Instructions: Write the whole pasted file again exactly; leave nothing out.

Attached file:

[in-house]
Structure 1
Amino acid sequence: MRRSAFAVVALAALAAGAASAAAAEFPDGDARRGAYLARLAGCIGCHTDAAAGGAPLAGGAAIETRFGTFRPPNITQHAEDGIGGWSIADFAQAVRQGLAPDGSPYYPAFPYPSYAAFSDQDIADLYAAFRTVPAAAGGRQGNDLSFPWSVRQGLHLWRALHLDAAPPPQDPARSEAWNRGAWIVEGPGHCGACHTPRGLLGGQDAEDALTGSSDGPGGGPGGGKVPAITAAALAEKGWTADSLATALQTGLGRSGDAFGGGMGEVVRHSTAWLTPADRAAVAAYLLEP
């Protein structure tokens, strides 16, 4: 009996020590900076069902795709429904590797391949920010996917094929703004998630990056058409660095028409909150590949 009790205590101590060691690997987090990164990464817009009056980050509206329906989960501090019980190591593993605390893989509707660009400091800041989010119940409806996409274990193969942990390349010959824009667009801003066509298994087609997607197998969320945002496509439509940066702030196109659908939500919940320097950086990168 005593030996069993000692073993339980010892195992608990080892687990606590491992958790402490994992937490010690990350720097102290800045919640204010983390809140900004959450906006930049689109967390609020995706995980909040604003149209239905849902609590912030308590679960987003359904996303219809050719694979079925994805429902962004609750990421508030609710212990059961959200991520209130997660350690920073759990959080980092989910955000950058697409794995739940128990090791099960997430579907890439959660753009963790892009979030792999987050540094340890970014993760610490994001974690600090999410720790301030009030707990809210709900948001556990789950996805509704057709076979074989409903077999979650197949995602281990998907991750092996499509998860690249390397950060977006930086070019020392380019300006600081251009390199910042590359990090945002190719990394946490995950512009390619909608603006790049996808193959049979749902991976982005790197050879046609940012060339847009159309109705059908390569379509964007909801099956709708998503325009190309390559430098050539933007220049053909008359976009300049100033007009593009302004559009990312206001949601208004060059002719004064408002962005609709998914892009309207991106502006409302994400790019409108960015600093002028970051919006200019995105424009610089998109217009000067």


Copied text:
[in-house]
Structure 1
Amino acid sequence: MRRSAFAVVALAALAAGAASAAAAEFPDGDARRGAYLARLAGCIGCHTDAAAGGAPLAGGAAIETRFGTFRPPNITQHAEDGIGGWSIADFAQAVRQGLAPDGSPYYPAFPYPSYAAFSDQDIADLYAAFRTVPAAAGGRQGNDLSFPWSVRQGLHLWRALHLDAAPPPQDPARSEAWNRGAWIVEGPGHCGACHTPRGLLGGQDAEDALTGSSDGPGGGPGGGKVPAITAAALAEKGWTADSLATALQTGLGRSGDAFGGGMGEVVRHSTAWLTPADRAAVAAYLLEP
């Protein structure tokens, strides 16, 4: 009996020590900076069902795709429904590797391949920010996917094929703004998630990056058409660095028409909150590949 009790205590101590060691690997987090990164990464817009009056980050509206329906989960501090019980190591593993605390893989509707660009400091800041989010119940409806996409274990193969942990390349010959824009667009801003066509298994087609997607197998969320945002496509439509940066702030196109659908939500919940320097950086990168 005593030996069993000692073993339980010892195992608990080892687990606590491992958790402490994992937490010690990350720097102290800045919640204010983390809140900004959450906006930049689109967390609020995706995980909040604003149209239905849902609590912030308590679960987003359904996303219809050719694979079925994805429902962004609750990421508030609710212990059961959200991520209130997660350690920073759990959080980092989910955000950058697409794995739940128990090791099960997430579907890439959660753009963790892009979030792999987050540094340890970014993760610490994001974690600090999410720790301030009030707990809210709900948001556990789950996805509704057709076979074989409903077999979650197949995602281990998907991750092996499509998860690249390397950060977006930086070019020392380019300006600081251009390199910042590359990090945002190719990394946490995950512009390619909608603006790049996808193959049979749902991976982005790197050879046609940012060339847009159309109705059908390569379509964007909801099956709708998503325009190309390559430098050539933007220049053909008359976009300049100033007009593009302004559009990312206001949601208004060059002719004064408002962005609709998914892009309207991106502006409302994400790019409108960015600093002028970051919006200019995105424009610089998109217009000067």